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TIGSource ForumsCommunityTownhallForum IssuesArchived subforums (read only)CreativeWritingNarrative Analysis of Grandia II
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Koobazaur
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« on: September 26, 2016, 02:56:47 PM »

I recently picked up Grandia II Anniversary Edition to scratch a JRPG itch and it scratched it a little TOO hard. Yet, it proved an interest example to analyze. I thought I'd share my analysis Smiley

Quote

Narrative Analysis of Grandia II’s Beginning


After 10 minutes, I hated Grandia II. It began abuseing every JRPG trope I could imagine and only got worse from there. Yet, I realized it also created a very solid plot structure with well-paced ups and down. For this dichotomic reason, I found it particularly intriguing to break down narratively. I have also never analyzed a game story in such detail before, so this is a good exercise for me as well!

This piece is perhaps not as deep as it could be, but there was a lot of ground to cover (and a lot of things I am myself just learning). I will try to point out important archetypes, conflicts and plot points to understand how the story flows in the first 6 or so hours. At the end I also provide a bullet-point breakdown of the plot for your convenience!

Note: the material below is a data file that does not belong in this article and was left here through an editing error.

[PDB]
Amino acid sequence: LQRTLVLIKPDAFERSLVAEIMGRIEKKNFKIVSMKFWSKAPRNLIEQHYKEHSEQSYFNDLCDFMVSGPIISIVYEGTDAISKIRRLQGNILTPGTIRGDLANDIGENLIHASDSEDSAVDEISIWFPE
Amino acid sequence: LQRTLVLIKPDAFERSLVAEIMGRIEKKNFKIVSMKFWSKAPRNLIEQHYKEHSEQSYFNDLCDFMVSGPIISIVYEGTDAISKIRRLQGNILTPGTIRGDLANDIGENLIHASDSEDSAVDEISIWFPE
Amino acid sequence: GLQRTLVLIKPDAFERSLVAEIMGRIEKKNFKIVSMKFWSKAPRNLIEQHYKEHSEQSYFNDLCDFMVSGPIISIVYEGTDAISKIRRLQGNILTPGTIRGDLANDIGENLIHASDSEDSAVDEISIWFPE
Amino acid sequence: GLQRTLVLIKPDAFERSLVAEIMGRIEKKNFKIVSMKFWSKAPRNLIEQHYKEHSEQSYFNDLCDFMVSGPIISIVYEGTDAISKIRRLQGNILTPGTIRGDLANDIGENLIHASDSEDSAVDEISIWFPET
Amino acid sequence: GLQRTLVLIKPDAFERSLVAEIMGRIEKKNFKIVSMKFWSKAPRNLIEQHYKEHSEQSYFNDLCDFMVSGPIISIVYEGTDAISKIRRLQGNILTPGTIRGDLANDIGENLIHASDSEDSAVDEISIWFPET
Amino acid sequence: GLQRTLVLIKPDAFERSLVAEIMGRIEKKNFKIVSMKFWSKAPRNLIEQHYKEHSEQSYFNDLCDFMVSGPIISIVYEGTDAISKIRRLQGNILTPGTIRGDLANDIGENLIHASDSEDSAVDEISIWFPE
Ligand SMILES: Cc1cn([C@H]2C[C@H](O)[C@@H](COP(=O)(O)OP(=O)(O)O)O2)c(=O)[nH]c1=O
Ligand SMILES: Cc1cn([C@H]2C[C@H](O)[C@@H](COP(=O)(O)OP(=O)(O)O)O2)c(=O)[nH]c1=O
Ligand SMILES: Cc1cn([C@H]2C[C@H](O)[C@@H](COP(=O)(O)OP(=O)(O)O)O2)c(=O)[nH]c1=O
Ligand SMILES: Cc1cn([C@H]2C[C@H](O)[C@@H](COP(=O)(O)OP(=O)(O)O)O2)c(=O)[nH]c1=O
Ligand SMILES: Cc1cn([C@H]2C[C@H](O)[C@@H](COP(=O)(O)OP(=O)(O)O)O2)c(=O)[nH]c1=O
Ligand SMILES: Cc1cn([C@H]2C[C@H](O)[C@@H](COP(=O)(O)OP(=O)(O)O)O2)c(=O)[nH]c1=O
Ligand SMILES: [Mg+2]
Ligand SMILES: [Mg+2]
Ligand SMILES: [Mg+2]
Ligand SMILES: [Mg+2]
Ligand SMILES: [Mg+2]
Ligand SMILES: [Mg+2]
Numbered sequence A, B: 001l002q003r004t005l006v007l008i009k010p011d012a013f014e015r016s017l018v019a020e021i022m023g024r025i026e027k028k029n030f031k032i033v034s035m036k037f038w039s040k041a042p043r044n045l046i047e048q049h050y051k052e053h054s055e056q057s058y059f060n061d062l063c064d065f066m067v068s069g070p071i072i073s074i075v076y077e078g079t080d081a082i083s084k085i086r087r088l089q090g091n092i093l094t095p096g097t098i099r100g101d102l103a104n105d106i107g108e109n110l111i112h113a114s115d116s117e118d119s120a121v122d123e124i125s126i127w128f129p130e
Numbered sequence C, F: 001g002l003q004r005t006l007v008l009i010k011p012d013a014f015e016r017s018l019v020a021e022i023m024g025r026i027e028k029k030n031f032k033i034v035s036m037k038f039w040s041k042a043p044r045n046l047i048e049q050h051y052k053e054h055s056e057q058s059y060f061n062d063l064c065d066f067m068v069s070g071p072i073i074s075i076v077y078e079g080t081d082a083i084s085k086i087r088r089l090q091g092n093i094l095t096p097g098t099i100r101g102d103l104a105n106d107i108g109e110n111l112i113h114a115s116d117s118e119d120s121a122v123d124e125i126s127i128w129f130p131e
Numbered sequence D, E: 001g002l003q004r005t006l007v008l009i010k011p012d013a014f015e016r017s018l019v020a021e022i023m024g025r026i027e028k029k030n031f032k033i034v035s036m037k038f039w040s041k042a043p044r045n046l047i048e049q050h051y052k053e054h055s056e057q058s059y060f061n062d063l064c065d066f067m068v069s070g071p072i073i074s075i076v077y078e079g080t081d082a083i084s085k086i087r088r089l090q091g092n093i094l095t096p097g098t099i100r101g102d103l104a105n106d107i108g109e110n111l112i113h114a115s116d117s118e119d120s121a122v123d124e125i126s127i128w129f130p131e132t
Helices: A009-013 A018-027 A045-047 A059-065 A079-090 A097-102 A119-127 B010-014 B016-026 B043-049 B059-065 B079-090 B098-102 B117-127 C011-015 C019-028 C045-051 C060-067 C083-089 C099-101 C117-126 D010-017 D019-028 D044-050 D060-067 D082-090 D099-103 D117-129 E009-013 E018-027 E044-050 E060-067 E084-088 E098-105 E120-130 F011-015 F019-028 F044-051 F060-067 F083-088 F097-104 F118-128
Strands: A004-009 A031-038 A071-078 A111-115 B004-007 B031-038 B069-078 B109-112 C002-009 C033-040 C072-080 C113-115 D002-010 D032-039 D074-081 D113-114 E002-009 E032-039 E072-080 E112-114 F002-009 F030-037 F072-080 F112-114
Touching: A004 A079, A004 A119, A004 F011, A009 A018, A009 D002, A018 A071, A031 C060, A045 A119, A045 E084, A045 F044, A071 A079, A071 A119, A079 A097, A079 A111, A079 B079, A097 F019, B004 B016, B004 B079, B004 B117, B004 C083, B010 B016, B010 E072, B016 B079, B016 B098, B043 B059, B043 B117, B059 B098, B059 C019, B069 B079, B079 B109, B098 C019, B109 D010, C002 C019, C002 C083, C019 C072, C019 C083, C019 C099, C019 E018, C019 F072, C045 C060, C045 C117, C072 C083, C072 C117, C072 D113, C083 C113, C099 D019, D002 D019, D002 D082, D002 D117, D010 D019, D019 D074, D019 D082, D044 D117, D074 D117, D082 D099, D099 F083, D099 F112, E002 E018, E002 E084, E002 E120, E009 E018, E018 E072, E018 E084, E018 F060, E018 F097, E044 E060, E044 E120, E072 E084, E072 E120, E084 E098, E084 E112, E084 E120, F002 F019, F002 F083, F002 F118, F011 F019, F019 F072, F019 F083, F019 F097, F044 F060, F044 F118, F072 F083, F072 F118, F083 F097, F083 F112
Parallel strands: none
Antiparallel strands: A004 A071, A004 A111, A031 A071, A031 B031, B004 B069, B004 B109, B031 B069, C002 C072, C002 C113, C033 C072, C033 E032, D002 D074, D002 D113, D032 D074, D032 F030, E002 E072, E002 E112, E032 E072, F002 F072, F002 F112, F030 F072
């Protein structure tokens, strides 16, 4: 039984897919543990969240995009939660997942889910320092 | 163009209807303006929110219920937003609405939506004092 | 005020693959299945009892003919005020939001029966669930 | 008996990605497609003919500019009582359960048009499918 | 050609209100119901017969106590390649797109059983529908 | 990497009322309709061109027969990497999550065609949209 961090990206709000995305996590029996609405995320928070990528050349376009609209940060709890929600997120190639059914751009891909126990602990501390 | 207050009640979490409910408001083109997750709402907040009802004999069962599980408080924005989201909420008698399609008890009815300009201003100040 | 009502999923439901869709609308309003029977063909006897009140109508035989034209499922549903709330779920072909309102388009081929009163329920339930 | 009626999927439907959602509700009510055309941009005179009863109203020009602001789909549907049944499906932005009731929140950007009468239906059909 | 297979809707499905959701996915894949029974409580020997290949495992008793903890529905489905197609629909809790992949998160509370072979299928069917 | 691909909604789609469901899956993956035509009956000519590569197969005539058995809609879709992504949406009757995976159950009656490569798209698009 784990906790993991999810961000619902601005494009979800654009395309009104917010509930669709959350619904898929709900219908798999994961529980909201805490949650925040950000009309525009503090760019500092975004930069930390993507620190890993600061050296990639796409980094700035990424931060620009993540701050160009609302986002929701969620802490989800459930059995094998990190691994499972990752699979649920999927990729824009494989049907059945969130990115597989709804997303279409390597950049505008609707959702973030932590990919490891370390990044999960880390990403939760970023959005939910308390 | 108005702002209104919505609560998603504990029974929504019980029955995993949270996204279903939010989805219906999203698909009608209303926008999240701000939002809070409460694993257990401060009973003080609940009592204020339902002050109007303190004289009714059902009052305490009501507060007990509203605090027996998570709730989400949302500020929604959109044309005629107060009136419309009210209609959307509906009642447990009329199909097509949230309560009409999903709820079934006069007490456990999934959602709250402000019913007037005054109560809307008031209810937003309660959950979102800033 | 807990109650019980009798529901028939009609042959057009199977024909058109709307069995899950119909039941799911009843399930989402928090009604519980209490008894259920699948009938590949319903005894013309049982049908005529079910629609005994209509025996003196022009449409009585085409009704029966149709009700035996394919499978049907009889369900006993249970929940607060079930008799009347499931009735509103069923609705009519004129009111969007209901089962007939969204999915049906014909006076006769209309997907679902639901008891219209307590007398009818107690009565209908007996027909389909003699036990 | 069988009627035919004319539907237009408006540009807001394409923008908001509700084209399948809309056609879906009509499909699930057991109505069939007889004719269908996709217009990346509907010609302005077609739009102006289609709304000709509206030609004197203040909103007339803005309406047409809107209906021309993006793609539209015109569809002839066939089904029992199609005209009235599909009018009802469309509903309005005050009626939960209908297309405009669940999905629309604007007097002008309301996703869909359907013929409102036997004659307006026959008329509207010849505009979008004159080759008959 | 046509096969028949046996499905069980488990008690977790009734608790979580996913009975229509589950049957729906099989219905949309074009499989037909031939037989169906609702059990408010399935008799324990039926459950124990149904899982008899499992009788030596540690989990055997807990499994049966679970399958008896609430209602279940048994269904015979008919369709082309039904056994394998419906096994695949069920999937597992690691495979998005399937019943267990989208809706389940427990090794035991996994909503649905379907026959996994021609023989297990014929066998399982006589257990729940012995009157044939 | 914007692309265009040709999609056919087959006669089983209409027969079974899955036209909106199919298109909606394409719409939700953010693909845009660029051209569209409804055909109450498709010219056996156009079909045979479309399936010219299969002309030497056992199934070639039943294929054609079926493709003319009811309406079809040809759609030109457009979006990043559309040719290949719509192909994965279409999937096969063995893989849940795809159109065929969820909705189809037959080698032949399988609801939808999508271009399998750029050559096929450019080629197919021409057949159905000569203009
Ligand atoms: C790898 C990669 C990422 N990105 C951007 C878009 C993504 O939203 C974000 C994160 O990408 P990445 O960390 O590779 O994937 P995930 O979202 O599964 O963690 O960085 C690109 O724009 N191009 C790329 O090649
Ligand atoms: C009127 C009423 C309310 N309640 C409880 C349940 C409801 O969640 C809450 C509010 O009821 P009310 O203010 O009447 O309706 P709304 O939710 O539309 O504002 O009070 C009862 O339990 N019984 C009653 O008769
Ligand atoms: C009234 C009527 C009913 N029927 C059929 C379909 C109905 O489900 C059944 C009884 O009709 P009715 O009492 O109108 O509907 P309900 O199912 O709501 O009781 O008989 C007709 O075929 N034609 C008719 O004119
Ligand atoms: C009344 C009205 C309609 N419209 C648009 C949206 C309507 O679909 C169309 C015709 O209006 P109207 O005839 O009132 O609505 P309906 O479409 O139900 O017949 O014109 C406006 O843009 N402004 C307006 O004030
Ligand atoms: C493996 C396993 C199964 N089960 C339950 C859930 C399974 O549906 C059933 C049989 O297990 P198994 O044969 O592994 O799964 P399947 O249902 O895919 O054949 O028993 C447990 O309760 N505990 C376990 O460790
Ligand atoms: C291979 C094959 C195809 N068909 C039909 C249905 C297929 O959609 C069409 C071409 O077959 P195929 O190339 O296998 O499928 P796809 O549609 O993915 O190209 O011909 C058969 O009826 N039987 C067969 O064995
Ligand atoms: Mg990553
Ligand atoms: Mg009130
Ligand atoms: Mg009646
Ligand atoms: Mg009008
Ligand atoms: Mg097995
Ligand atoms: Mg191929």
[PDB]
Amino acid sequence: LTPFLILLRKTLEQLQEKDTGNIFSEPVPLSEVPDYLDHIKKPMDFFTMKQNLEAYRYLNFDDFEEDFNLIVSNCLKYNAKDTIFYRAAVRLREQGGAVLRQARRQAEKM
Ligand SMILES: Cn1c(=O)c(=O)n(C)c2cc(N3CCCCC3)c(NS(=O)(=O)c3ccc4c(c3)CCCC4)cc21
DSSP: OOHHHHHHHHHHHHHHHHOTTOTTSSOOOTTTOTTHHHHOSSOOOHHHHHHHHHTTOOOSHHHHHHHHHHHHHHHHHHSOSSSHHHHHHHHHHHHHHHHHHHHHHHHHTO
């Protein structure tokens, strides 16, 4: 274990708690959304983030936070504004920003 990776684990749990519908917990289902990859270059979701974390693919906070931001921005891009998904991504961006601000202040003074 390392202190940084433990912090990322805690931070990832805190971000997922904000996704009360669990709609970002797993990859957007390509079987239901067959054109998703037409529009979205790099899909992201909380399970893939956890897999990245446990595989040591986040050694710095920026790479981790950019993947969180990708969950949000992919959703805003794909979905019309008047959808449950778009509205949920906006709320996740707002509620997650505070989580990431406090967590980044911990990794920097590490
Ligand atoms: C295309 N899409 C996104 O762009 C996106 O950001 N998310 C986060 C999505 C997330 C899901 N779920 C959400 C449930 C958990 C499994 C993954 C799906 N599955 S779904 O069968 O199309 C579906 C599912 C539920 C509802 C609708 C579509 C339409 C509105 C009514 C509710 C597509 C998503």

Continue Reading ->


Let me know what you think!
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valrus
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« Reply #1 on: September 26, 2016, 04:12:21 PM »

I like it, and agree.  It's an interesting exercise to analyze the workmanship of something you don't *quite* like; it prevents just fanboying/fangirling out.  Grandia II is a great choice for that.  It's got basic narrative competency but doesn't really approach greatness.

I don't think I've ever run across an analysis of what the JRPG narrative formula does *right*.  It's very easy to criticize ("Fun, too!"), but it dominated several console generations; it was clearly hitting some kind of sweet spot.
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Koobazaur
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« Reply #2 on: September 29, 2016, 06:46:46 PM »

Yea, it was a very interesting example. I'm about 10 hours in and I'm actually really enjoying the game now. The last village problem managed to hit a really strong emotional cord (sacrifice a child to save an entire town) even with all the JRPG tropes and writing! Quite impressive. The characters are also getting more depth now, and the combat is pretty fun with new abilities, spells and items.

I'm starting to see why the game is so highly praised, it's starting to feel like the "ideal JRPG" in a way.
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